Bias In Heart Care Disputed
September 16, 1999
A study published earlier this year in the New England Journal of Medicine found blacks and women get unequal treatment when it comes to heart care. However, some experts say the study's authors exaggerated some differences in care and published a rebuttal in a July issue of the journal.
The original study, by researcher Kevin Schulman of Georgetown University Medical Center, found that blacks and women with chest pain were about 40 percent less likely to get a common test for heart disease than whites or men.
Schulman and his colleagues based that finding on evaluations by 700 doctors of videotapes of actors and actresses describing chest pains.
- However, Steven Woloshin and others at the Veterans Administration examined the raw data, and found that doctors recommended referring the white men, black men and white women in the videotapes for the same heart test at about the same rate -- 90 percent.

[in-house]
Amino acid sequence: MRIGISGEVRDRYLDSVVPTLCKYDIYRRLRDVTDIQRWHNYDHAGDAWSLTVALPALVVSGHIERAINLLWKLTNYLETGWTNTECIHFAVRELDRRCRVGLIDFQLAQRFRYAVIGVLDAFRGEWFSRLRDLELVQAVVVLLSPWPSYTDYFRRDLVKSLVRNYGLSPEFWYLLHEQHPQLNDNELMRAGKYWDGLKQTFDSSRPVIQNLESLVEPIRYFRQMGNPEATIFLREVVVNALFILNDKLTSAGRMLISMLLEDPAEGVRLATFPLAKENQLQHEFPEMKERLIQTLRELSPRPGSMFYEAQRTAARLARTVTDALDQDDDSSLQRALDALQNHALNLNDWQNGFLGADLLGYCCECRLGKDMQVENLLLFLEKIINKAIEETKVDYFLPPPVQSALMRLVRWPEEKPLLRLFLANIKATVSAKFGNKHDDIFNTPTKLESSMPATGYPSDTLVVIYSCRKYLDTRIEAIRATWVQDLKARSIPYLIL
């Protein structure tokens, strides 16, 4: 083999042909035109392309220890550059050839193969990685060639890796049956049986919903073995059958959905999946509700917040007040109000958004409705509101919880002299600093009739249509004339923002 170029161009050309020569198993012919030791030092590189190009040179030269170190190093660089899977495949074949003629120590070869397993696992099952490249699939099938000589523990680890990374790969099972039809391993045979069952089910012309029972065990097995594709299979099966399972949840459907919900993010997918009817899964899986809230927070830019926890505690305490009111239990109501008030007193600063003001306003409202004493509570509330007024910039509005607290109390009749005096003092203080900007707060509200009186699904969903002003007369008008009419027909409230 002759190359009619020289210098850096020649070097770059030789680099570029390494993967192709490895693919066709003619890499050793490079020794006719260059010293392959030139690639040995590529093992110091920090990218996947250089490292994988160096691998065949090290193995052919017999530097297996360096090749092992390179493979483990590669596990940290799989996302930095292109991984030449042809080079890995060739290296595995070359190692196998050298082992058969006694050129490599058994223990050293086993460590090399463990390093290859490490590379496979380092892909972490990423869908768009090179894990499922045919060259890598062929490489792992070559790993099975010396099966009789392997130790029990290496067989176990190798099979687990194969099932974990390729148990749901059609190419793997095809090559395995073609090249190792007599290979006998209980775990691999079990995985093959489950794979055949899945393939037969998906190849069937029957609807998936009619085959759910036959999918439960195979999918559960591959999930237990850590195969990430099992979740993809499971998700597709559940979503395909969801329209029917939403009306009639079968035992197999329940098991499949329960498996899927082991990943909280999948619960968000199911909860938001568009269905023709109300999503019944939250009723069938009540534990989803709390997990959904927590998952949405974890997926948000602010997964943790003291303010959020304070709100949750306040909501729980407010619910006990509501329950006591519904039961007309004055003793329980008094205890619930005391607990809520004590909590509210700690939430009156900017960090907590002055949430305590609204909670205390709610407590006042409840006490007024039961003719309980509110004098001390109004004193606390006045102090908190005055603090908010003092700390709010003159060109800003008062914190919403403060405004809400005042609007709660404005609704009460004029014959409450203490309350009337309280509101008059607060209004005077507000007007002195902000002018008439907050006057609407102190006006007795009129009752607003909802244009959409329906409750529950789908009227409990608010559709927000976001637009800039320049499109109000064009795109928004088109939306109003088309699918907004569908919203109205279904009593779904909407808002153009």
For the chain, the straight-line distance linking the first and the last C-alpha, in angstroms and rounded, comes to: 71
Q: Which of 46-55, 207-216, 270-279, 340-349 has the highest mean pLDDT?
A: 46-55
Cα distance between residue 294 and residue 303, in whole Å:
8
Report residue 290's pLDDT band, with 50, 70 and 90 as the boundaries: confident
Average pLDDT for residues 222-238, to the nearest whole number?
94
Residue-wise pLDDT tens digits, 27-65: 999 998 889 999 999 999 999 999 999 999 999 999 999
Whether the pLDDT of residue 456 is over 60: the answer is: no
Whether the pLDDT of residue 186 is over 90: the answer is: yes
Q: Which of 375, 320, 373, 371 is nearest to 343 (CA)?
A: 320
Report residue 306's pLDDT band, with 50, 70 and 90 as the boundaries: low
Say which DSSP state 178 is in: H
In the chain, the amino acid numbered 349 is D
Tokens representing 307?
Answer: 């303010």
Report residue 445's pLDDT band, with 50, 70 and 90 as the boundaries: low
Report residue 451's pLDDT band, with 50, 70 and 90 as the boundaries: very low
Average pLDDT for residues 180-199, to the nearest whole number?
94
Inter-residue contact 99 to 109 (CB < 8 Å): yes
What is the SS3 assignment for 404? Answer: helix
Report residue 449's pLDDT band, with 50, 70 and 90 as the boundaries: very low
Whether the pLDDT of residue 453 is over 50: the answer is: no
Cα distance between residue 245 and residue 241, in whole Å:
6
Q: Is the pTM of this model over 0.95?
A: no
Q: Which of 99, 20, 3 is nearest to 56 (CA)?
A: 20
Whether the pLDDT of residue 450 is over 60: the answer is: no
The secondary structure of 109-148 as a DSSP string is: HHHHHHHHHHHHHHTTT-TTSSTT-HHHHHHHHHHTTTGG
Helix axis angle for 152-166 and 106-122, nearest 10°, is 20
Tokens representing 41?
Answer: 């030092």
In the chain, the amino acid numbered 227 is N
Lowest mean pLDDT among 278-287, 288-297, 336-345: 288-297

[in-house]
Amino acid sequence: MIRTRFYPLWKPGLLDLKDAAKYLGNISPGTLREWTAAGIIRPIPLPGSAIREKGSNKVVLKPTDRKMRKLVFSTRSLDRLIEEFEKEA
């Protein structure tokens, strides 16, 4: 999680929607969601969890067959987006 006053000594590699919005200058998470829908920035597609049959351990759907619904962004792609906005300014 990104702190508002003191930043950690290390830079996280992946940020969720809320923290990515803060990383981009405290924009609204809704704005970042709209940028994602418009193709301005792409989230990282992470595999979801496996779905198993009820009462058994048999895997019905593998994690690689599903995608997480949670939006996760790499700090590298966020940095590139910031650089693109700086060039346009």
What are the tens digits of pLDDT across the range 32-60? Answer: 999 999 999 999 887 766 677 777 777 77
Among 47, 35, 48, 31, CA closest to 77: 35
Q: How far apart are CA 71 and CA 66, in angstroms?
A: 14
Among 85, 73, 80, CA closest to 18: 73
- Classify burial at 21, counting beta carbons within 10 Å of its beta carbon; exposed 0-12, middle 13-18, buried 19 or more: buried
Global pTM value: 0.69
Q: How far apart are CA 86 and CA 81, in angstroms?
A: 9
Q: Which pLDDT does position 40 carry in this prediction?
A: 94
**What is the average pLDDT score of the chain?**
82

- Black women were referred for the diagnostic test, called cardiac catheterization, about 78 percent of the time.
- Cardiologists says the difference is quite small and could have reflected chance.
- Moreover, Woloshin's group contend the 90 percent figure is extraordinarily high and may not reflect the best care or doctors' actual practice.
Interestingly, readers of the original study did not see the raw numbers, because they were edited out by reviewers at the New England Journal of Medicine.
Source: Kathleen Fackelmann, "Does Unequal Treatment Really Have Roots in Racism?" USA Today, September 16, 1999.
Browse more articles on Health Issues